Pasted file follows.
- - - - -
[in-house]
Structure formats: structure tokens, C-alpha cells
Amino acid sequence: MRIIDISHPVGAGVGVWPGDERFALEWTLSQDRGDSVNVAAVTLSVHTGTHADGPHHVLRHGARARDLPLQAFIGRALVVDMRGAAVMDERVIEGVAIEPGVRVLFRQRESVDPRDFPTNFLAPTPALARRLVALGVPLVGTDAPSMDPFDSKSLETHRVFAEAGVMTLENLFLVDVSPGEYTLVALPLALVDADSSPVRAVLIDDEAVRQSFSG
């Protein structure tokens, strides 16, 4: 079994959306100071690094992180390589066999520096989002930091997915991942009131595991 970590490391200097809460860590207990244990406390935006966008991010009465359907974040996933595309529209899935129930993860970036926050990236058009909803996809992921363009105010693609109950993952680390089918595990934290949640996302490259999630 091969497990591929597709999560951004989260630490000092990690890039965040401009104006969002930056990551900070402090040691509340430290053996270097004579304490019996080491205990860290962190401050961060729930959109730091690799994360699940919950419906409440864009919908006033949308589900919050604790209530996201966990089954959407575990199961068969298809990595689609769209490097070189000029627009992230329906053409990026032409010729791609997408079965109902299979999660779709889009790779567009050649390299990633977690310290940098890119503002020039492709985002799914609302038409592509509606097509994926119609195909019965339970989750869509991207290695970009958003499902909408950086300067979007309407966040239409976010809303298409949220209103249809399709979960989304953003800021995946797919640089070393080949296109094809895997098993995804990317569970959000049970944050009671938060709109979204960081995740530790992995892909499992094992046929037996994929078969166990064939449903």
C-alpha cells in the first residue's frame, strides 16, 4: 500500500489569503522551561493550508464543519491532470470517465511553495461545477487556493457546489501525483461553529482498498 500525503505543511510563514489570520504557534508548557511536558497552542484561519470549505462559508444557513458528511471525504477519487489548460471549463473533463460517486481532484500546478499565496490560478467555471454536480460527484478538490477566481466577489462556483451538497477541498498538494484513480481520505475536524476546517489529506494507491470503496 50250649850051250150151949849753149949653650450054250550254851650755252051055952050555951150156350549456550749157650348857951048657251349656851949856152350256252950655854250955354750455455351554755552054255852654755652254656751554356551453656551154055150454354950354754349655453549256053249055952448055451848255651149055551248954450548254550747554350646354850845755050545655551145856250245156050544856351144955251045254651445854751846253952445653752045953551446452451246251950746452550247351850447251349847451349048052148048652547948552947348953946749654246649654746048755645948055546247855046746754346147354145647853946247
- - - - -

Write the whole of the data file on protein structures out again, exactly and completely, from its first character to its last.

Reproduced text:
[in-house]
Structure formats: structure tokens, C-alpha cells
Amino acid sequence: MRIIDISHPVGAGVGVWPGDERFALEWTLSQDRGDSVNVAAVTLSVHTGTHADGPHHVLRHGARARDLPLQAFIGRALVVDMRGAAVMDERVIEGVAIEPGVRVLFRQRESVDPRDFPTNFLAPTPALARRLVALGVPLVGTDAPSMDPFDSKSLETHRVFAEAGVMTLENLFLVDVSPGEYTLVALPLALVDADSSPVRAVLIDDEAVRQSFSG
């Protein structure tokens, strides 16, 4: 079994959306100071690094992180390589066999520096989002930091997915991942009131595991 970590490391200097809460860590207990244990406390935006966008991010009465359907974040996933595309529209899935129930993860970036926050990236058009909803996809992921363009105010693609109950993952680390089918595990934290949640996302490259999630 091969497990591929597709999560951004989260630490000092990690890039965040401009104006969002930056990551900070402090040691509340430290053996270097004579304490019996080491205990860290962190401050961060729930959109730091690799994360699940919950419906409440864009919908006033949308589900919050604790209530996201966990089954959407575990199961068969298809990595689609769209490097070189000029627009992230329906053409990026032409010729791609997408079965109902299979999660779709889009790779567009050649390299990633977690310290940098890119503002020039492709985002799914609302038409592509509606097509994926119609195909019965339970989750869509991207290695970009958003499902909408950086300067979007309407966040239409976010809303298409949220209103249809399709979960989304953003800021995946797919640089070393080949296109094809895997098993995804990317569970959000049970944050009671938060709109979204960081995740530790992995892909499992094992046929037996994929078969166990064939449903």
C-alpha cells in the first residue's frame, strides 16, 4: 500500500489569503522551561493550508464543519491532470470517465511553495461545477487556493457546489501525483461553529482498498 500525503505543511510563514489570520504557534508548557511536558497552542484561519470549505462559508444557513458528511471525504477519487489548460471549463473533463460517486481532484500546478499565496490560478467555471454536480460527484478538490477566481466577489462556483451538497477541498498538494484513480481520505475536524476546517489529506494507491470503496 50250649850051250150151949849753149949653650450054250550254851650755252051055952050555951150156350549456550749157650348857951048657251349656851949856152350256252950655854250955354750455455351554755552054255852654755652254656751554356551453656551154055150454354950354754349655453549256053249055952448055451848255651149055551248954450548254550747554350646354850845755050545655551145856250245156050544856351144955251045254651445854751846253952445653752045953551446452451246251950746452550247351850447251349847451349048052148048652547948552947348953946749654246649654746048755645948055546247855046746754346147354145647853946247